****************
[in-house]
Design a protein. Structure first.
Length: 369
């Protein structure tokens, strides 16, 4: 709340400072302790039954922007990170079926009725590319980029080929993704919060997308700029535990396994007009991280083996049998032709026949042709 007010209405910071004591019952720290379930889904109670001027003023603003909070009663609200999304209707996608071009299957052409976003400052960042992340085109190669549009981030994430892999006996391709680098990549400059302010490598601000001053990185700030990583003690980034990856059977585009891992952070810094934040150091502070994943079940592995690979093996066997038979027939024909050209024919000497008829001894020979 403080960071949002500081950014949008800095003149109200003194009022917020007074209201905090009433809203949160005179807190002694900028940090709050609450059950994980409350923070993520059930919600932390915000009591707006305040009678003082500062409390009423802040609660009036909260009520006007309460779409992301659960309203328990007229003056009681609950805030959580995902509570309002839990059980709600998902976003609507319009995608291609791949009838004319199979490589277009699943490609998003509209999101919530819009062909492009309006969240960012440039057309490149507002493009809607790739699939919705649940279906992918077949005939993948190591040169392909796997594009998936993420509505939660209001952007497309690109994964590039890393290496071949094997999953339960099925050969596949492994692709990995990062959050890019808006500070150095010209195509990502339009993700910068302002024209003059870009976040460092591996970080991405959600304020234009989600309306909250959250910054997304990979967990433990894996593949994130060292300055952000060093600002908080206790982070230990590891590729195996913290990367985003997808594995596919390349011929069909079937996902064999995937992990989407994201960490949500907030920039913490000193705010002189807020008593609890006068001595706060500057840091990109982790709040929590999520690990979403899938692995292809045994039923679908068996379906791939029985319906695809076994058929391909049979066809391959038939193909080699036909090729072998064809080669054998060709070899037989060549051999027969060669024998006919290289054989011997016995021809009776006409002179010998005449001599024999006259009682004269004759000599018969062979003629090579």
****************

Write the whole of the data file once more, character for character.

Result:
[in-house]
Design a protein. Structure first.
Length: 369
């Protein structure tokens, strides 16, 4: 709340400072302790039954922007990170079926009725590319980029080929993704919060997308700029535990396994007009991280083996049998032709026949042709 007010209405910071004591019952720290379930889904109670001027003023603003909070009663609200999304209707996608071009299957052409976003400052960042992340085109190669549009981030994430892999006996391709680098990549400059302010490598601000001053990185700030990583003690980034990856059977585009891992952070810094934040150091502070994943079940592995690979093996066997038979027939024909050209024919000497008829001894020979 403080960071949002500081950014949008800095003149109200003194009022917020007074209201905090009433809203949160005179807190002694900028940090709050609450059950994980409350923070993520059930919600932390915000009591707006305040009678003082500062409390009423802040609660009036909260009520006007309460779409992301659960309203328990007229003056009681609950805030959580995902509570309002839990059980709600998902976003609507319009995608291609791949009838004319199979490589277009699943490609998003509209999101919530819009062909492009309006969240960012440039057309490149507002493009809607790739699939919705649940279906992918077949005939993948190591040169392909796997594009998936993420509505939660209001952007497309690109994964590039890393290496071949094997999953339960099925050969596949492994692709990995990062959050890019808006500070150095010209195509990502339009993700910068302002024209003059870009976040460092591996970080991405959600304020234009989600309306909250959250910054997304990979967990433990894996593949994130060292300055952000060093600002908080206790982070230990590891590729195996913290990367985003997808594995596919390349011929069909079937996902064999995937992990989407994201960490949500907030920039913490000193705010002189807020008593609890006068001595706060500057840091990109982790709040929590999520690990979403899938692995292809045994039923679908068996379906791939029985319906695809076994058929391909049979066809391959038939193909080699036909090729072998064809080669054998060709070899037989060549051999027969060669024998006919290289054989011997016995021809009776006409002179010998005449001599024999006259009682004269004759000599018969062979003629090579």